US admiral warns of Chinese threat, urges allies to work and train more closely – .

US admiral warns of Chinese threat, urges allies to work and train more closely – .

The United States and its allies should act more urgently in the face of rapidly changing Chinese military tactics, the new American commander of the Indo-Pacific region warned on Saturday.
Admiral John Aquilino spoke at the Halifax International Security Forum and urged allies to participate in more joint military exercises, which have grown in size and complexity in the region over the past two years.

The exercises aim to enable like-minded nations to come together quickly and work together transparently in the event of a crisis.

In early October, a combined multinational fleet of four aircraft carriers and support vessels with more than 15,000 sailors participated in an exercise in the waters off the Japanese prefecture of Okinawa, a demonstration intended to show solidarity in the face of the increased tension in the area. . The Canadian frigate HMCS Winnipeg was part of the exercise.

Aquilino said allies interested in defending the current international framework are welcome.

U.S. Admiral John Aquilino addresses reporters during a panel discussion at the Halifax International Security Forum on Saturday. (Contribution to FSHI)

What is important, he said, is to appreciate the way the world is changing in Asia, sometimes not in a good way.

The admiral did not mention China by name during his official speech, but was more direct when speaking to reporters.

“We are talking about intention, to understand where the [globe’s] the biggest strategic competition is going on, ”Aquilino told reporters during a roundtable on Saturday afternoon. preserve peace and stability in the region.

Aquilino said the United States is committed to a free and open Indo-Pacific region and that the rapid build-up of sophisticated Chinese military and paramilitary capabilities is a concern.

“Look what the Chinese said. President Xi [Jinping] instructed its forces to reach a level of military parity with the United States by 2027. These are its words, ”Aquilino said.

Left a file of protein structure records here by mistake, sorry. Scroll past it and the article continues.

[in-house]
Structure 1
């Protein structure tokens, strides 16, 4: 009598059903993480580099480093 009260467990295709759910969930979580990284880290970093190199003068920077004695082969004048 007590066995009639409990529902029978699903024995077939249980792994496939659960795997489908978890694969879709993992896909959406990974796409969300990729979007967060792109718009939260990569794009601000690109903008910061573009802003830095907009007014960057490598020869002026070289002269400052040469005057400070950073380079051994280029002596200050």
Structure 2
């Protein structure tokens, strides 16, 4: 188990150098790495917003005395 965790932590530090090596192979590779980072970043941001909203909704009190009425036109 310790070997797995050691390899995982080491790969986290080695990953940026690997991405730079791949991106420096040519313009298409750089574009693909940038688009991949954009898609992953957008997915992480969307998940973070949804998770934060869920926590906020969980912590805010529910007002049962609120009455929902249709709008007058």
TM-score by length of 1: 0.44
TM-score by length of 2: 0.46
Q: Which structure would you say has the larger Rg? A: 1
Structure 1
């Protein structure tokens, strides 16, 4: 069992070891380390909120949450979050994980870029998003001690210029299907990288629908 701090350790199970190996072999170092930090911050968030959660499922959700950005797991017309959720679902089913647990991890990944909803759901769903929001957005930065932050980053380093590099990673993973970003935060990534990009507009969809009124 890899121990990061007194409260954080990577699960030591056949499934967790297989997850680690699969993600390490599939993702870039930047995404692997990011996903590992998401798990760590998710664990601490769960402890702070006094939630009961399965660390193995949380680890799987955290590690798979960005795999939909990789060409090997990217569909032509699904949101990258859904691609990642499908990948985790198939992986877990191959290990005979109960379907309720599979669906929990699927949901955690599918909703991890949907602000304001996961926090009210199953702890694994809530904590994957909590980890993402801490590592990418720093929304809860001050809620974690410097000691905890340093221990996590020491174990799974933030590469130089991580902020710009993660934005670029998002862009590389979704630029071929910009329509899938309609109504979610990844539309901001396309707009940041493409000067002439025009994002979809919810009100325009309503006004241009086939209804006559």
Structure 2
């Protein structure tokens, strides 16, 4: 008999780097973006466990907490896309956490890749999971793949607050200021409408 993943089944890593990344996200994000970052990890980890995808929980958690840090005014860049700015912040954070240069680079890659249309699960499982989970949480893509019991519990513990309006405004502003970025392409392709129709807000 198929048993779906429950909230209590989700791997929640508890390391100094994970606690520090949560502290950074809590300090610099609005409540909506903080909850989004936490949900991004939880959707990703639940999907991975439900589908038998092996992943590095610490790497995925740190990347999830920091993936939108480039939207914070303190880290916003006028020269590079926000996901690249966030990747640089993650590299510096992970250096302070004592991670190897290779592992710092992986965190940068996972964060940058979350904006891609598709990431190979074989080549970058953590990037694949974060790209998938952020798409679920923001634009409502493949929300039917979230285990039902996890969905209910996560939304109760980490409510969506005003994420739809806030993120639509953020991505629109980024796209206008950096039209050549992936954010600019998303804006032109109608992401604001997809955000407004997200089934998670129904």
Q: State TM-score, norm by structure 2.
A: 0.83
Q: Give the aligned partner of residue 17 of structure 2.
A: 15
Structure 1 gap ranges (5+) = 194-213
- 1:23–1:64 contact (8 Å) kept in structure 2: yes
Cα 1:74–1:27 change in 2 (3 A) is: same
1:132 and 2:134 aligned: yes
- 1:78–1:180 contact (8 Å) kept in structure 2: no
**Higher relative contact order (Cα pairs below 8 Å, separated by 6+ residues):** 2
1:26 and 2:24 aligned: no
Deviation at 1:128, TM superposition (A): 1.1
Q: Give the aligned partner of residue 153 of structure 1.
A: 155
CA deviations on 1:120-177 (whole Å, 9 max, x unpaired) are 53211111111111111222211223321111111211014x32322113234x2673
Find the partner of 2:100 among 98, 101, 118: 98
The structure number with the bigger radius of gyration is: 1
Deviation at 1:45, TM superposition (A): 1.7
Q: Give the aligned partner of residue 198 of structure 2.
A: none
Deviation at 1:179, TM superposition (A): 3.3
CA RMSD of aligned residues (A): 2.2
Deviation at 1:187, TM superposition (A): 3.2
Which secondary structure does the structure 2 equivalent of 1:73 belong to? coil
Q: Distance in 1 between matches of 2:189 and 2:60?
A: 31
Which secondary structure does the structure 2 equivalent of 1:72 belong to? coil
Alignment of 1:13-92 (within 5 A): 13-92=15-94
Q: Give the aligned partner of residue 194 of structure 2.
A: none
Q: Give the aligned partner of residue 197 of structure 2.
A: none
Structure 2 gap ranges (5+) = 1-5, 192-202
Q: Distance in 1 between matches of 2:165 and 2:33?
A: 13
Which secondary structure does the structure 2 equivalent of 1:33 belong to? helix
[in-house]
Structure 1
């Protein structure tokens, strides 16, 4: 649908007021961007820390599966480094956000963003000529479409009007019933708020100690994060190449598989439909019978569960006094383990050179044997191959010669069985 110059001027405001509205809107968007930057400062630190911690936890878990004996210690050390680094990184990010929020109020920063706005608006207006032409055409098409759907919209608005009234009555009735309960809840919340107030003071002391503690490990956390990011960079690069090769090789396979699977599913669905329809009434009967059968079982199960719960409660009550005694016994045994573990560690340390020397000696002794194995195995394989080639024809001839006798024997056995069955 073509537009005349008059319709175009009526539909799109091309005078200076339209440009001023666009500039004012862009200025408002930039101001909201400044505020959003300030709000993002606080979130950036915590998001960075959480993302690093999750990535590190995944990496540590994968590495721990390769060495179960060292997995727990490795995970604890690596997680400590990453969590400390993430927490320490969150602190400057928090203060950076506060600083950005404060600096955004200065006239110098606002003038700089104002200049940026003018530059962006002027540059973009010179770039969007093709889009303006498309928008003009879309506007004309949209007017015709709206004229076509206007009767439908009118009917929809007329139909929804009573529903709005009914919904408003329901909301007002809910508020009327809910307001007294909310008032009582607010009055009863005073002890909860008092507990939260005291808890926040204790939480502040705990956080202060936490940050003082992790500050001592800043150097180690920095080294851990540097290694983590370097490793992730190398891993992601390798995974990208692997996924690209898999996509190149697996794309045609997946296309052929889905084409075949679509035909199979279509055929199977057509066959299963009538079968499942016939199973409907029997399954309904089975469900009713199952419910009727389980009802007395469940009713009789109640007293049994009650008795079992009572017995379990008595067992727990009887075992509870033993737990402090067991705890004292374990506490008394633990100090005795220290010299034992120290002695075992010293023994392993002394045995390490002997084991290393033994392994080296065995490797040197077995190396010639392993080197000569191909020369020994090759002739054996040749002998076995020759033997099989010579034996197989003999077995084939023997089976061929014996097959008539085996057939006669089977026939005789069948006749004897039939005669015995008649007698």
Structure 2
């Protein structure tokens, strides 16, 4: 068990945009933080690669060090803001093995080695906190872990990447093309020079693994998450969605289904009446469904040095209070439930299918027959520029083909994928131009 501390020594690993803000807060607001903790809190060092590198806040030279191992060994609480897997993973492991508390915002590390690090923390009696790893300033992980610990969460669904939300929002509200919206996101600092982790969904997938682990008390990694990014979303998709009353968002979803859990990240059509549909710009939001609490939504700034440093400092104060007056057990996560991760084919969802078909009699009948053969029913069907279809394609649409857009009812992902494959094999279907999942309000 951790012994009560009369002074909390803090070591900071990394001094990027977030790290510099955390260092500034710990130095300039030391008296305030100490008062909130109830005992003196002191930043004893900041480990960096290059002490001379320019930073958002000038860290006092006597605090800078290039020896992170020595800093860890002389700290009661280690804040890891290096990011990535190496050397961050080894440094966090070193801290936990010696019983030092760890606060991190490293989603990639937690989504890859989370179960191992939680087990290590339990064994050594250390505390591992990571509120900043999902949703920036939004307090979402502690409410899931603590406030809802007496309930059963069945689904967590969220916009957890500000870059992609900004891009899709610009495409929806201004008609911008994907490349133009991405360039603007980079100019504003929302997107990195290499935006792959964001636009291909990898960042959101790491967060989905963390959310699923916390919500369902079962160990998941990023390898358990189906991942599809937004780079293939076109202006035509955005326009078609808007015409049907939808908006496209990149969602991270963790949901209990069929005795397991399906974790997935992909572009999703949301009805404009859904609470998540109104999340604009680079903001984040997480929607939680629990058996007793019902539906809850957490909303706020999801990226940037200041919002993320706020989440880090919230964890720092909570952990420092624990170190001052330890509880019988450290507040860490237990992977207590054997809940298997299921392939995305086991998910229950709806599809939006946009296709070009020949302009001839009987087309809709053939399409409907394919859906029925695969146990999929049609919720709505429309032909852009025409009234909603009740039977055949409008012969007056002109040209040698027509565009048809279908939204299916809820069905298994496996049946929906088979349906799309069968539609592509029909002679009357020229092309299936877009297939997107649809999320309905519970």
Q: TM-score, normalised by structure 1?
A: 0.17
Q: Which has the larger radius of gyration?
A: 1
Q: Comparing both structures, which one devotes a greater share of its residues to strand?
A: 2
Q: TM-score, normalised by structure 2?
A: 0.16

Rising tensions

Tension has increased dramatically in recent months, in part due to China’s repeated testing of Taiwan’s air defense zone with fighter jets and bombers.

Claimed by China as its own territory, Taiwan is under increasing military and political pressure to accept Beijing’s reign, causing concern in the international community.

Xi pledged to achieve “peaceful reunification” with Taiwan.

China has tested hypersonic missiles, which can deliver conventional – and soon nuclear – warheads to anywhere in the world in minutes. It is also said to be expanding its nuclear arsenal.

Chinese Coast Guard ships on Thursday blocked and fired water cannons at two Filipino boats carrying supplies to a disputed South China Sea outpost. The Filipinos lodged a formal diplomatic protest.

In recent years, China has claimed almost all of the South China Sea and built man-made islands where missile batteries have been installed.

HMCS Winnipeg, HNLMS Evertsen and RFA Tidespring are pictured in formation September 9 during Exercise Pacific Crown. (UK MOD Crown)

Australia recently negotiated a nuclear submarine deal with the United States, breaking a contract with France to purchase conventional submarines. The way the deal was handled angered France politically, straining relations between the allies.

Canada’s acting military commander said the Australians had made a difficult decision in increasingly difficult times.

“Australia, like every country does, has done a neighborhood safety assessment. What capacities do they need to protect their sovereignty? General Wayne Eyre said in an interview with CBC News. “And let’s face it, it’s an increasingly dangerous part of the world. So getting one of our closest allies to invest in this kind of technology isn’t necessarily a bad thing. ”

Prime Minister Justin Trudeau has said Canada has no plans to acquire its own nuclear submarines and has rejected the deal involving the United States, Australia and the United Kingdom as only involving on the sale of defense equipment.


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